- November 26, 2007 @ 9:48pmjosielaine says:Hi, I know that this issue has been brought up in the past, but I am hoping for some fresh ideas and insight. How do people at for profit educational institutions deal with copyright? What sorts of issues do you face? What do you do in the case of violations? I have not been able to find any case law that applies to the for profit educational sector, and the institution that I work for seems uneasy with the "fair use" exemption, due to the first factor. I would love some resources, or copyright policies from similar institutions. Anything to help clarify. Thanks so much! Josie
- November 27, 2007 @ 9:14amCOvalle says:For-profit institutions can't use the libraries and archives exemption to copyright law, and don't get some of the statutory protections that non-profit educational institutions receive. So their libraries are more restricted in what they can do for themselves and for patrons in certain respects. They can rely on first sale and fair use like anyone else, however, and the educational mission does help with fair use. Also, the first factor will affect the institution itself to a certain extent, but not necessarily the work of their students. Anyway, for at least one good example, I'd take a look at Stanford's policy. It's necessarily more restrictive than public non-profit universities, but workable. ARL also has some materials about fair use and libraries. Stanford has some resources listed:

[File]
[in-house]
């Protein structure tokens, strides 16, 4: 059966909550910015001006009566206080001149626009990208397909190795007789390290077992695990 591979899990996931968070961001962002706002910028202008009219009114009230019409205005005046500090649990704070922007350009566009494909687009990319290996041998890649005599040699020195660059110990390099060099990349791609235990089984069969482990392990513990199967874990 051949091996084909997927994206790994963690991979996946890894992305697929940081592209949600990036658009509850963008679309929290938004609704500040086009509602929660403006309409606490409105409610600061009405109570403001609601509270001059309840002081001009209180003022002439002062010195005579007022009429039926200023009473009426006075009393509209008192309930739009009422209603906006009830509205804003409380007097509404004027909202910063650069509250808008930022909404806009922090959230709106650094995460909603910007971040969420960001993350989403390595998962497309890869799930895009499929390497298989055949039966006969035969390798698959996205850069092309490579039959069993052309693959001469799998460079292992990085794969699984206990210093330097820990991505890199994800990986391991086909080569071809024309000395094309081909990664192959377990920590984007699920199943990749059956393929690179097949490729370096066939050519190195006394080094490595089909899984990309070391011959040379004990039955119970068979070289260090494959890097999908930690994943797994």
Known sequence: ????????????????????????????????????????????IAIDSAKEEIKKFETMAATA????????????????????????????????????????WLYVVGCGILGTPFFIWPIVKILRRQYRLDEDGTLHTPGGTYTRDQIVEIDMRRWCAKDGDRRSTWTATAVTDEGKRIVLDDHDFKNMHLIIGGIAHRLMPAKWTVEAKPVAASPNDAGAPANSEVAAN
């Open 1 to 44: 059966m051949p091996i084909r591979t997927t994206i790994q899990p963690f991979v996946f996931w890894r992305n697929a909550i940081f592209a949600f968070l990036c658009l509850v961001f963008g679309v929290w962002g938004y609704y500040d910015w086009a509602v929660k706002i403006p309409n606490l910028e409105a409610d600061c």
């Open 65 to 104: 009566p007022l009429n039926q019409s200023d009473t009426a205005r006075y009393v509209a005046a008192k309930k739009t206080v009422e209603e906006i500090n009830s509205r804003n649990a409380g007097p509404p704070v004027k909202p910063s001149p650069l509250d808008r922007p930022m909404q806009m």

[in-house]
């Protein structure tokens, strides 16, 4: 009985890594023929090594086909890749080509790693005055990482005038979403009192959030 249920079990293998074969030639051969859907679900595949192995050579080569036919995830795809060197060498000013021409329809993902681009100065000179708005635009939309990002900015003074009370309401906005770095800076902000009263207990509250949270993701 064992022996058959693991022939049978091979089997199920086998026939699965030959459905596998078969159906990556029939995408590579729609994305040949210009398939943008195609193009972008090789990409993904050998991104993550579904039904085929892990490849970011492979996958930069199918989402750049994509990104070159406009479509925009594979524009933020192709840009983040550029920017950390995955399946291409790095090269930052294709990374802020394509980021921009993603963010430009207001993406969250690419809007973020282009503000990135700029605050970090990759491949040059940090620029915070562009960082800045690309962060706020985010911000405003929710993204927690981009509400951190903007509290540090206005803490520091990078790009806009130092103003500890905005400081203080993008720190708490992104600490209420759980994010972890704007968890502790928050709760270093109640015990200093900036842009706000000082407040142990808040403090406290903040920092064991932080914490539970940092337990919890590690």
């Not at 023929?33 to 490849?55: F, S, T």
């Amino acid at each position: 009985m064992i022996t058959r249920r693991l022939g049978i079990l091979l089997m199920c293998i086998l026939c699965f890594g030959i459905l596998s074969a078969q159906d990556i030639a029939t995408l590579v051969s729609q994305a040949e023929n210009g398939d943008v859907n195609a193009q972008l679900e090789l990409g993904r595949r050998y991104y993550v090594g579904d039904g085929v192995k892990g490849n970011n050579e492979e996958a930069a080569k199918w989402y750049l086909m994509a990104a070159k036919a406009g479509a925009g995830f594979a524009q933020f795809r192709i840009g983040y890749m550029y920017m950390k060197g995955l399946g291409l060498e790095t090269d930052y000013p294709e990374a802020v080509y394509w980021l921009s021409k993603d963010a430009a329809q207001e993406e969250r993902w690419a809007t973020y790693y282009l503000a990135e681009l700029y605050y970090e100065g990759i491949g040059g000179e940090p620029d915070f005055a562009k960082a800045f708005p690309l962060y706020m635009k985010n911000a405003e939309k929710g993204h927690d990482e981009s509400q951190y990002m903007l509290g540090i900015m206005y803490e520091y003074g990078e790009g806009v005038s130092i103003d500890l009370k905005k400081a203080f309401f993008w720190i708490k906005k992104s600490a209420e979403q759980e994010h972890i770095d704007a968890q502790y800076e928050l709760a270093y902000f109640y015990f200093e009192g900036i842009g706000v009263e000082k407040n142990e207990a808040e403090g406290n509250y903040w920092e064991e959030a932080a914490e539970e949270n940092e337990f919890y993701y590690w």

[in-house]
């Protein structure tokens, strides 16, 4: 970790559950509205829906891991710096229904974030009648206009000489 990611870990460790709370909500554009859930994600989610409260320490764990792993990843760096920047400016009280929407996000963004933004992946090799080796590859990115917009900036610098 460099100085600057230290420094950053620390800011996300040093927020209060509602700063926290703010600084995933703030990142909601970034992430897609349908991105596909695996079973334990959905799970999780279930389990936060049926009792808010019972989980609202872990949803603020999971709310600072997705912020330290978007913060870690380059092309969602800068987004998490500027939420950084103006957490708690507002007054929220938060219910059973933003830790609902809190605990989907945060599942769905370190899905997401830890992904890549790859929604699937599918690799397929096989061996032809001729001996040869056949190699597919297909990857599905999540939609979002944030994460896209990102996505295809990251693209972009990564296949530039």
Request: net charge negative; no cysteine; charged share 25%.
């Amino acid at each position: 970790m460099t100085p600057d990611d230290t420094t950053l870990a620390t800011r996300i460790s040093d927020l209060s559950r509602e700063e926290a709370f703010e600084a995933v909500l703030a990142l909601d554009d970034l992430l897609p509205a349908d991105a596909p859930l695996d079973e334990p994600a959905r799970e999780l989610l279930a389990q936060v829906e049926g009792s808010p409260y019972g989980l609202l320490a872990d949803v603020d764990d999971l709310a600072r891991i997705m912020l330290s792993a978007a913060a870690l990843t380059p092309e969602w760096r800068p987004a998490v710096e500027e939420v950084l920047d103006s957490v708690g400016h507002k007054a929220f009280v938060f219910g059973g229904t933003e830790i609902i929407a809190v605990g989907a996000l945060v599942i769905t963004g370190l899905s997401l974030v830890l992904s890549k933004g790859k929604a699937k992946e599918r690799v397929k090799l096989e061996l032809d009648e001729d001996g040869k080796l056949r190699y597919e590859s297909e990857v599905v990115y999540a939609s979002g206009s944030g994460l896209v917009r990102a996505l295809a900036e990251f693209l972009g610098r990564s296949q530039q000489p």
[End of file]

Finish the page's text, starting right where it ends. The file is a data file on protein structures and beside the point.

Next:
There are also consortia of libraries of private educational institutions that talk about copyright, like SCELC in California.
What kinds of uses were you concerned about?
- November 27, 2007 @ 1:32pmFreya Anderson says:I agree with COvalle about the limitations on libraries in commercial, for-profit institutions. I'm not sure that Stanford University is a good example, though. It's a great website for copyright in higher education, but it seems that while Stanford is private, it is still not-for-profit. In any case, looking at their materials on copyright, they do specifically mention a library exception.
Unfortunately, I haven't yet found another example. I've checked a few for-profit university websites, but have had difficulty finding their library pages, much less those related to copyright. I wish I had more to offer!
- November 27, 2007 @ 2:42pmCarrie says:I will add that when making a fair use determination, which you will have to do all of the time, I suggest that each factor is on a continuum. For the first factor, yes absolutely a for-profit educational use is not as good as a non-profit educational use. On the other hand, a for profit commercial use is worse than a for-profit educational use. This is the way I try to think about fair use when I weigh the factors.
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